Over a year ago, I compared two online services designed specifically for PowerPoint slideshows. Today, I want to review 4 free online document hosting services that take your document files and convert them to a format that can be embedded and shared on the Internet.
I’ll be giving scores based on these factors:
- Web site design / usability
- Converted appearance
I should give a warning for those on low bandwidth connections: this is a screenshot/media-heavy post.
First impressions really matter (see Blink: The Power of Thinking Without Thinking, by Malcolm Gladwell), so I find the appearance of the home page of such a site very important. In addition to these first impressions, I want a site that is navigable on which I can do common actions (uploading, viewing, sharing) without hunting for those functions.
edocr has, to be honest, a rather ugly start page. It doesn’t have a modern, Web 2.0 feel, nor does it feel even minutely ‘slick’. If I didn’t know that it was a document publishing site, visiting the site doesn’t make it immediately obvious. Examples of documents are hidden below the fold. The home page seems, to be honest, very hideous.
At least the document viewing page is usable.
Scribd has a well designed and uncluttered site. The home page makes it clear what the service is all about, and the document viewing page is neatly laid out. The common actions I would want to take on a document (sharing, viewing, commenting) are easily accessible. The only concern I have is that the area allotted to the document file itself is too small.
Docstoc has a clean site that, although not as intuitive as Scribd’s, is still very navigable and usable. If Scribd is the YouTube of documents, then Docstoc would be blip.tv; it targets professionals and business documents as opposed to files from everyone (not that the common person can’t use it). Hence, there are links all over the site for “Premier Documents”, “Docstore”, and making money from documents.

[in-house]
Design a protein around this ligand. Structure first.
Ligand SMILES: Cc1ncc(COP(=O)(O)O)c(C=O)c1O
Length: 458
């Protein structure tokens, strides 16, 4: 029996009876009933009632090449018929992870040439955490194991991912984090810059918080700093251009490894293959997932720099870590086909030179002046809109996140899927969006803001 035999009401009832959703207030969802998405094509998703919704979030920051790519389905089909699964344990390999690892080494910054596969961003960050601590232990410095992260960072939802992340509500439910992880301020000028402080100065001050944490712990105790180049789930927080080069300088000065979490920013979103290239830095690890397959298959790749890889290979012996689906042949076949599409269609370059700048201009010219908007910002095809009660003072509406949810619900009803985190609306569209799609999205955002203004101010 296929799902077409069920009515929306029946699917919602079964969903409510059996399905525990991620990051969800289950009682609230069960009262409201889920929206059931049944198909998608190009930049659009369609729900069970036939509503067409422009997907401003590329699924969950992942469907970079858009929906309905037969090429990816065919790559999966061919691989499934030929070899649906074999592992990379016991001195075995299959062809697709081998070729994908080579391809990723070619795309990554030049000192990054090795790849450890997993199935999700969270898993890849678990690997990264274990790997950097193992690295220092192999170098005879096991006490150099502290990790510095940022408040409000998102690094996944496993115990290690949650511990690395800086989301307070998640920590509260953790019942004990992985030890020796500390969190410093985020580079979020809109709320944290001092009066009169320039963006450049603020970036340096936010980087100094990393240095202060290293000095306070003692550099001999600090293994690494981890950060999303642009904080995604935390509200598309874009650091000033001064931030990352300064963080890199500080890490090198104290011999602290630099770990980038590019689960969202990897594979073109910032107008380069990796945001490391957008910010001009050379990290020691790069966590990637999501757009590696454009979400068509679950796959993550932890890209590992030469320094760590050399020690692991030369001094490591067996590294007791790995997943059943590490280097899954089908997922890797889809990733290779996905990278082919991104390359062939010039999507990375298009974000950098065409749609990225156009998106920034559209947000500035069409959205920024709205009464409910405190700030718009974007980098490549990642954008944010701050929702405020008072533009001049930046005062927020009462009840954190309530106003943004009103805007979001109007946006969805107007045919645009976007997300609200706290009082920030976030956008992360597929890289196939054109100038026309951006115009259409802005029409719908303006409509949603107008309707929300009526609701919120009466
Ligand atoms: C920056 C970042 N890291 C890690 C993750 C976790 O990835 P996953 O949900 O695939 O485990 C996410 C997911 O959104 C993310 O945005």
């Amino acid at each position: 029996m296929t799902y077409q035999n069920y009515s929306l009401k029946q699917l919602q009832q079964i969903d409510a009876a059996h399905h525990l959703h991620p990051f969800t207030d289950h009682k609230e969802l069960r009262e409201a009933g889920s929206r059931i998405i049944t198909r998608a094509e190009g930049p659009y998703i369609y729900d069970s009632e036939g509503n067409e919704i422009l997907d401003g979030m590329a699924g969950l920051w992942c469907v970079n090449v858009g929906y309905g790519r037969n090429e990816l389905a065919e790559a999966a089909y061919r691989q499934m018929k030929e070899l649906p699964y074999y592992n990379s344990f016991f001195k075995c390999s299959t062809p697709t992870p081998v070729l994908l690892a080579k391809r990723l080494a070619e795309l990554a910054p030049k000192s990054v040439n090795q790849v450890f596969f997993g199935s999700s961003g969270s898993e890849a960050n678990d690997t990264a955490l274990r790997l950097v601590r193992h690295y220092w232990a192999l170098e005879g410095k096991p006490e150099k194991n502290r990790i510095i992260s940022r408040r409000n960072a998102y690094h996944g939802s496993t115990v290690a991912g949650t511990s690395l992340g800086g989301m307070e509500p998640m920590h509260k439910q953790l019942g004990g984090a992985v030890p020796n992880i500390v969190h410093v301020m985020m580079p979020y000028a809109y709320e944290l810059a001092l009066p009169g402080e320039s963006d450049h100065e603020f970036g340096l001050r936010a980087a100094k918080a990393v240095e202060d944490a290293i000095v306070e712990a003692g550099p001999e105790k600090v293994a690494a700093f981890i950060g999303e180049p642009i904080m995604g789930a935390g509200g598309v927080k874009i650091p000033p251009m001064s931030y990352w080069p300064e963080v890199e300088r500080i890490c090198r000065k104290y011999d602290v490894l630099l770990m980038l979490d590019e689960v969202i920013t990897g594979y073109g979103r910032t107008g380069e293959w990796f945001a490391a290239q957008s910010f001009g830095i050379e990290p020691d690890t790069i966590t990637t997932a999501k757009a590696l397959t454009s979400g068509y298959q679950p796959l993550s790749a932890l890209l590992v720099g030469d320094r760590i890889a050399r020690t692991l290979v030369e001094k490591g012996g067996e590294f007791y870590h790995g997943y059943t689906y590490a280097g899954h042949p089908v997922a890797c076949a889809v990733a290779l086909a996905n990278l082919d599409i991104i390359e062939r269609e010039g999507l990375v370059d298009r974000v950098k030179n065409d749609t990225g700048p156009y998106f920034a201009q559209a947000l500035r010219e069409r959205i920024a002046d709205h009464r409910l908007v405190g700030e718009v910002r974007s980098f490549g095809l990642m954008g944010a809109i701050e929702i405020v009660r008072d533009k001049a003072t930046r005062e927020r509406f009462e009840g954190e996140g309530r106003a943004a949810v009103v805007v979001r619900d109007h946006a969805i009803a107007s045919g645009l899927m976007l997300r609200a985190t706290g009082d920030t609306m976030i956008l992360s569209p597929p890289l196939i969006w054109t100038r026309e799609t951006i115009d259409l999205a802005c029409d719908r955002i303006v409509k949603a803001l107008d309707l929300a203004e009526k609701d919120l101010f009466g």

What I love most about this site is the much larger reading area on any document viewing page. Docstoc seems to be less focused on user interaction (as in comments) and much more on the original content itself, but it is exactly this that makes it easy to download files and actually use the content.
Issuu takes a completely different approach, one that targets magazines and professional publications; its site reflects this niche. That’s why its site is so breathtakingly beautiful! I’ve been very impressed by Issuu’s clean, aesthetics-oriented look, and viewing a document is such an intuitive experience that this service deserves a 5/5 for its site.
Issuu deserves to win in this category.
I understand that you didn’t come here for a review of their respective Web sites, so let’s move on to document compatibility.